Dr. Lunn is an easy, graceful and forceful speaker, and his sermons are prepared with a scholarly care which a cultured audience readily and thoroughly approves. He is a lecturer of high repute and in demand for lectures upon his favorite themes, "Socialism and the Church," and "Religion." Dr. Lunn is thoroughly in sympathy with and an earnest advocate on the platform and through the press of the newer theological thought as advocated by Union Theological Seminary of New York, "Christian Socialism." He contends that "Christianity must not only concern itself with cleansing human hearts, but must also cleanse human environment." That "The transformation of the individual and the simultaneous transformation of environment is the only program worthy of a full and vital Christianity." He is a close student of economics and has contributed many able articles that have appeared in the Homiletic Review, The Christian Intelligencer, The Christian Socialist, and the New York daily press. He is a deep thinker and, has the uncommon faculty of seeing both sides of a vital question. He is a believer in "organized labor," and while believing that strikes are "terrible under any circumstances," yet contends that "At times there is nothing left for workers to do, however undesirable they may be," believes that "Accidents should be charged to the industry in which they occur," and "accident insurance maintained and charged to operating cost of a given plant," that "The human machine is worthy and entitled to the same protection as the machine of iron or steel." His early training and environments all tended to carry him into the Republican party and make him a believer in the doctrine of "Protection for American industries." The change of conditions, he now asserts, makes protection unnecessary and robbery. "If the workingman is to be protected let there be a duty on emigration." His solution of the labor problem is "Industrial Democracy, when the users of the tools of production shall be the owners thereof." In 1906 Dr. Lunn published his book, Thoughts to Inspire Life of Every Day. His "The Church and Socialism" appeared in the Homiletic Review in February, 1909, and carried much favorable comment. We quote: "Socialism is simply another form of that great revival of the religious life which had its beginning in the eighteenth century and which taught that all men had value and dignity before God." His address, "Religion," delivered before the New York State Conference of Religion, concludes thus: "Too much of our religion has been sending men up to Heaven for post-mortem bliss, rather than inspiring these men to consecrate their every effort to bring that holy city, the New Jerusalem, down to earth here, to exert its beneficent influences for all that means human inspiration and betterment." He lectures a great deal before Chautauqua and church associations on subjects mentioned under the titles of "Socialism, a Menace or a Promise, Which?" "The Evolution of Industry," "Democracy or Despotism; Which?" "Two Sides of Christianity." In addition to his pulpit, platform and literary engagements, Dr. Lunn is secretary of the City Mission Society of Schenectady and of the Historical Society; trustee of the Chamber of Commerce, and member of the Sagamore Sociological Conference and of the Christian Socialist Fellowship.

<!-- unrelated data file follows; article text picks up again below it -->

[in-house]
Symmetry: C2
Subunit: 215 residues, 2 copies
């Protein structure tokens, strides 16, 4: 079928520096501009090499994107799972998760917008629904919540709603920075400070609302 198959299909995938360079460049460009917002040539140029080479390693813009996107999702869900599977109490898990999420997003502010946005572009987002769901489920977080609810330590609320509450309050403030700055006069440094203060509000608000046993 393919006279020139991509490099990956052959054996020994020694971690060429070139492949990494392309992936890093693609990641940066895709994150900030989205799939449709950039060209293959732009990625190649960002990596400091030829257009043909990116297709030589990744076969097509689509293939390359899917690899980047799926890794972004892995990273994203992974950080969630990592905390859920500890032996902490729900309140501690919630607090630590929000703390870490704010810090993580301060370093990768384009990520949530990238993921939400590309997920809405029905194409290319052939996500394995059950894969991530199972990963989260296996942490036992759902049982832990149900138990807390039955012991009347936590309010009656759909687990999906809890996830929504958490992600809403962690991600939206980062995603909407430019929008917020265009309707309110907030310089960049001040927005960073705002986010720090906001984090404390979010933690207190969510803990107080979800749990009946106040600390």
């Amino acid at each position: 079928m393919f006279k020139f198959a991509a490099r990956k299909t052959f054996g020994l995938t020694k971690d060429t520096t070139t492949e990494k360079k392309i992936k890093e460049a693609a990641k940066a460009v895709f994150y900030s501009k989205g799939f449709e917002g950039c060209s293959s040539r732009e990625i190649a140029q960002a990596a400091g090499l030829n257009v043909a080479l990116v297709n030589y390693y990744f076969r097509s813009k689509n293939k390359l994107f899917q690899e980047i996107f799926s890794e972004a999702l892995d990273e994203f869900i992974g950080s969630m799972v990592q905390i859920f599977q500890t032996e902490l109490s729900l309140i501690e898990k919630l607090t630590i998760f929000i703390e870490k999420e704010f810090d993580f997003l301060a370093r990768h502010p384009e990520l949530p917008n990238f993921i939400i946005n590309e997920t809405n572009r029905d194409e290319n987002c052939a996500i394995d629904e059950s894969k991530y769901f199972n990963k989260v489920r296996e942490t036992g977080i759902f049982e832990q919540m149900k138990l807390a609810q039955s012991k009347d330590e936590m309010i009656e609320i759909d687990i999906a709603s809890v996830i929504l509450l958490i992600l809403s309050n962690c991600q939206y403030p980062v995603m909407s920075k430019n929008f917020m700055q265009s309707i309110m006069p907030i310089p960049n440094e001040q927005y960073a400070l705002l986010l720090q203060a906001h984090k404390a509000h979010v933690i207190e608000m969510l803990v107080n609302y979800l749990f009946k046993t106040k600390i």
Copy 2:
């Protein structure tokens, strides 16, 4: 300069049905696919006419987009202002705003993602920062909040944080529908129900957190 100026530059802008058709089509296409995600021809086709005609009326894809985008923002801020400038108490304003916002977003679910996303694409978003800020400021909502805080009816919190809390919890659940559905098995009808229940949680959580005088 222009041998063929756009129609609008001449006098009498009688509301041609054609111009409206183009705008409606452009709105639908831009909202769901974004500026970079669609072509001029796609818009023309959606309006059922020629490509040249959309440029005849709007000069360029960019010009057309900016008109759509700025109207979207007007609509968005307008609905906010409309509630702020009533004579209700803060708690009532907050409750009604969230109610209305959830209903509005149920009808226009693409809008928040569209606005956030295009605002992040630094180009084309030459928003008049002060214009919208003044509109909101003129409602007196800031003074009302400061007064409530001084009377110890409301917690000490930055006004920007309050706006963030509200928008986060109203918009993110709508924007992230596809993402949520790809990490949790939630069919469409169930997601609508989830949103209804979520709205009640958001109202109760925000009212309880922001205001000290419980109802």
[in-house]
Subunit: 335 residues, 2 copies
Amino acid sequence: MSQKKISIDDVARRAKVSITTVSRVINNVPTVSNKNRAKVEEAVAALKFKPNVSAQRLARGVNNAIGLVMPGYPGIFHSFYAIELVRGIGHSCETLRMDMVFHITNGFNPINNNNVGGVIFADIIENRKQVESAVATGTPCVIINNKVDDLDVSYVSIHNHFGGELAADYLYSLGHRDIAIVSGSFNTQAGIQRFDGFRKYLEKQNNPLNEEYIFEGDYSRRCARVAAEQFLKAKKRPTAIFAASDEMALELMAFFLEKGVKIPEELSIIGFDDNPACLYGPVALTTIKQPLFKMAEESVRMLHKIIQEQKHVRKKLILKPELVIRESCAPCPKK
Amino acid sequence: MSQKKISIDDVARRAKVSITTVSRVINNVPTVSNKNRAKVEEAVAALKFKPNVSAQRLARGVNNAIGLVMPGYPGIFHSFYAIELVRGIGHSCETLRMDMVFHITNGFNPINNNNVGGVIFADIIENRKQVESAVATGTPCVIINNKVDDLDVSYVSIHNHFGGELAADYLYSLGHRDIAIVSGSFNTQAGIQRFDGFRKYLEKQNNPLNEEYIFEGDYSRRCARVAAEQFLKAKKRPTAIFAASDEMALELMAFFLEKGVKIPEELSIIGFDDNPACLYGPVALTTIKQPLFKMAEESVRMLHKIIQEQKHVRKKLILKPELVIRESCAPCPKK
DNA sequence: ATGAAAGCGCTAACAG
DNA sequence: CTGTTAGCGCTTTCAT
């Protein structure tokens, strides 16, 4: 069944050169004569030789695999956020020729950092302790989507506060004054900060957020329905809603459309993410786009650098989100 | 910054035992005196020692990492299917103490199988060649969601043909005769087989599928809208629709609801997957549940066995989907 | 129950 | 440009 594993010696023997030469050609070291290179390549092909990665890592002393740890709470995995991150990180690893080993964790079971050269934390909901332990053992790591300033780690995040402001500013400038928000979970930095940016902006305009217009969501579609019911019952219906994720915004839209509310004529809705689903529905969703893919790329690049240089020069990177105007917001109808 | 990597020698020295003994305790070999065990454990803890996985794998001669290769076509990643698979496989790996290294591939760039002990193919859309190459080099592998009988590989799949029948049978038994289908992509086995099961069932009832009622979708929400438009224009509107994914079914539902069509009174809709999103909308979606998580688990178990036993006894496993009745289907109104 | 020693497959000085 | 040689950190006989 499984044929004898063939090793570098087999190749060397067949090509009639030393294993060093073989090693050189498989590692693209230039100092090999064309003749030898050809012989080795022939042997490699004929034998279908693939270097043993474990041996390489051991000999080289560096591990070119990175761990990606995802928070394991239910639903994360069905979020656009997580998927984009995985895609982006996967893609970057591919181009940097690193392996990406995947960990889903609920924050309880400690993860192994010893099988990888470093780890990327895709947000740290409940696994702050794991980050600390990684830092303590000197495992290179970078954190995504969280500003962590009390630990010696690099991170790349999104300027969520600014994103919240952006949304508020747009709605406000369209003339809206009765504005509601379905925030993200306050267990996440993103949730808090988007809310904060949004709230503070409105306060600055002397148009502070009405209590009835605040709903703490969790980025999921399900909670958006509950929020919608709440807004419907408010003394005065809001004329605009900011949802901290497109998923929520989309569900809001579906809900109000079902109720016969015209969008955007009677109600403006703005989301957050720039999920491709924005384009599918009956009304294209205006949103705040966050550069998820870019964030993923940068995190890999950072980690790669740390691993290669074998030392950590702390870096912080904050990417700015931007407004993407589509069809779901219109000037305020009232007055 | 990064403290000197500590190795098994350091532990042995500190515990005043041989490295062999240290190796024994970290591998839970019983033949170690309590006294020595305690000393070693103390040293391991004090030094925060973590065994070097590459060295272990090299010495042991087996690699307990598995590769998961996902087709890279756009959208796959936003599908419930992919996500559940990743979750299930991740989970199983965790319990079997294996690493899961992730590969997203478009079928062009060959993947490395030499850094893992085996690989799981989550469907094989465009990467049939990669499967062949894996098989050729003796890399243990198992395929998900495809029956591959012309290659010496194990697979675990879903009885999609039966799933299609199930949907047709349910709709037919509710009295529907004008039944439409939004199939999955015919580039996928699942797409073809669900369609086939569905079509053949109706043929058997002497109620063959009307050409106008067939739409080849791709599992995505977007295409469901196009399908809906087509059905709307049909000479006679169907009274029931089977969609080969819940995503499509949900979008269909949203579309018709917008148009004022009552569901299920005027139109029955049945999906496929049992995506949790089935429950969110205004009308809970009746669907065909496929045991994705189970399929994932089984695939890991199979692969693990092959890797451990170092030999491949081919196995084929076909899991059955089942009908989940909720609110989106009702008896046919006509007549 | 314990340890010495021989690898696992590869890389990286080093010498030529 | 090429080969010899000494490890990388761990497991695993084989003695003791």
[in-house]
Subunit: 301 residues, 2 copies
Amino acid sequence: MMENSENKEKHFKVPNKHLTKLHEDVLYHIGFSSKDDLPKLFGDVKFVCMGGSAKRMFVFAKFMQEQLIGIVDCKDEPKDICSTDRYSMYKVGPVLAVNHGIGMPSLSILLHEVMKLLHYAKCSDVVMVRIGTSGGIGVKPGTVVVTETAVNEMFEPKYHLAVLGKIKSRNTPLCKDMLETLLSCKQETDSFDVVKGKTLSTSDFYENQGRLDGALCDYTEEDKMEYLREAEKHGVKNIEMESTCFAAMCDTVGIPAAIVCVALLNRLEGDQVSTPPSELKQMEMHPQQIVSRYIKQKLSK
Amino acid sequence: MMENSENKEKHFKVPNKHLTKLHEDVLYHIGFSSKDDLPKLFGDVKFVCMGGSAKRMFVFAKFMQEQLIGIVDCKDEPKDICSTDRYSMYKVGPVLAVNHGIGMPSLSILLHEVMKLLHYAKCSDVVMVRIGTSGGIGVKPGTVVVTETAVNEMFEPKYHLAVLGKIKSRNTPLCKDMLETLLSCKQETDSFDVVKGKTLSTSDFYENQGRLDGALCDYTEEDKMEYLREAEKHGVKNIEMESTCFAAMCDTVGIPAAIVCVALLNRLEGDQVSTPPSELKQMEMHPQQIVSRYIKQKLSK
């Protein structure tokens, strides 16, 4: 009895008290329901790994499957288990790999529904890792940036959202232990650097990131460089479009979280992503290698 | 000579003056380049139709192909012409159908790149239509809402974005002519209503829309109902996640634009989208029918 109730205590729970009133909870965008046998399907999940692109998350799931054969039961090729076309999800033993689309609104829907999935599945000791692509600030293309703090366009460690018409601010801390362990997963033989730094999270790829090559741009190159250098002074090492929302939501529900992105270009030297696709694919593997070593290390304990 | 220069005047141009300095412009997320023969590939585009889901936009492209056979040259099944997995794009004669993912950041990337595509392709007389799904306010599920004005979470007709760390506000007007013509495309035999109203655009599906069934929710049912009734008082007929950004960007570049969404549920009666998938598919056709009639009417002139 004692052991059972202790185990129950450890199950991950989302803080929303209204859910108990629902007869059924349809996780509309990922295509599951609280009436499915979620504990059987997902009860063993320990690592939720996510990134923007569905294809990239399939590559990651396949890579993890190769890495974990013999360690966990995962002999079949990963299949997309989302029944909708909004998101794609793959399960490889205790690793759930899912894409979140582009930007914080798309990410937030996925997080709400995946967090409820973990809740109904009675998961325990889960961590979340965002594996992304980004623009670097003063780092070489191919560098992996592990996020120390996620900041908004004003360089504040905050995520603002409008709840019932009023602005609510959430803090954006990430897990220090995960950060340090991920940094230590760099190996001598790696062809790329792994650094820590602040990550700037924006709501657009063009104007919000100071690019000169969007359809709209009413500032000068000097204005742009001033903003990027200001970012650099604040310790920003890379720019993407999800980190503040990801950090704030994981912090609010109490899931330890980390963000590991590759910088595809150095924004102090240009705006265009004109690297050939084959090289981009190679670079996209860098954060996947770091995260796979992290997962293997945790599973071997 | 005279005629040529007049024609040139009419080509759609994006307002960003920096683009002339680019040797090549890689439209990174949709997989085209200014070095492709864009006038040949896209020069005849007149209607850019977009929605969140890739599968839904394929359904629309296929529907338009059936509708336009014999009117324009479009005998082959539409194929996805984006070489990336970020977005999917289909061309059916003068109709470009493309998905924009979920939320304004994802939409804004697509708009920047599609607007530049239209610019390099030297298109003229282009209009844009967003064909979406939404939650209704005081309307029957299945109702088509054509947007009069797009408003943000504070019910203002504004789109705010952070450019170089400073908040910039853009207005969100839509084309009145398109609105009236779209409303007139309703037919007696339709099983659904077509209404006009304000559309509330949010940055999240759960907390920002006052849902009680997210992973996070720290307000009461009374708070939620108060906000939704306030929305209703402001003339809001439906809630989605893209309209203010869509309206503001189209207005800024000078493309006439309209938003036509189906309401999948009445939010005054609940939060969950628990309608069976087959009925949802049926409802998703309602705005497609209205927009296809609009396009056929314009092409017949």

He married, May 17, 1901, in Brooklyn, New York, Mabel, daughter of Frank and Mabel Carrington (Raymond) Healy. Mr. Healy is a director of the United States Leather Company, and connected with several banking and industrial corporations of New York. Children:

  1. George Richard (2), born 1901.
  2. Mabel Carrington, 1902.
  3. Elizabeth Healy, 1904.
  4. Raymond Healy, 1907.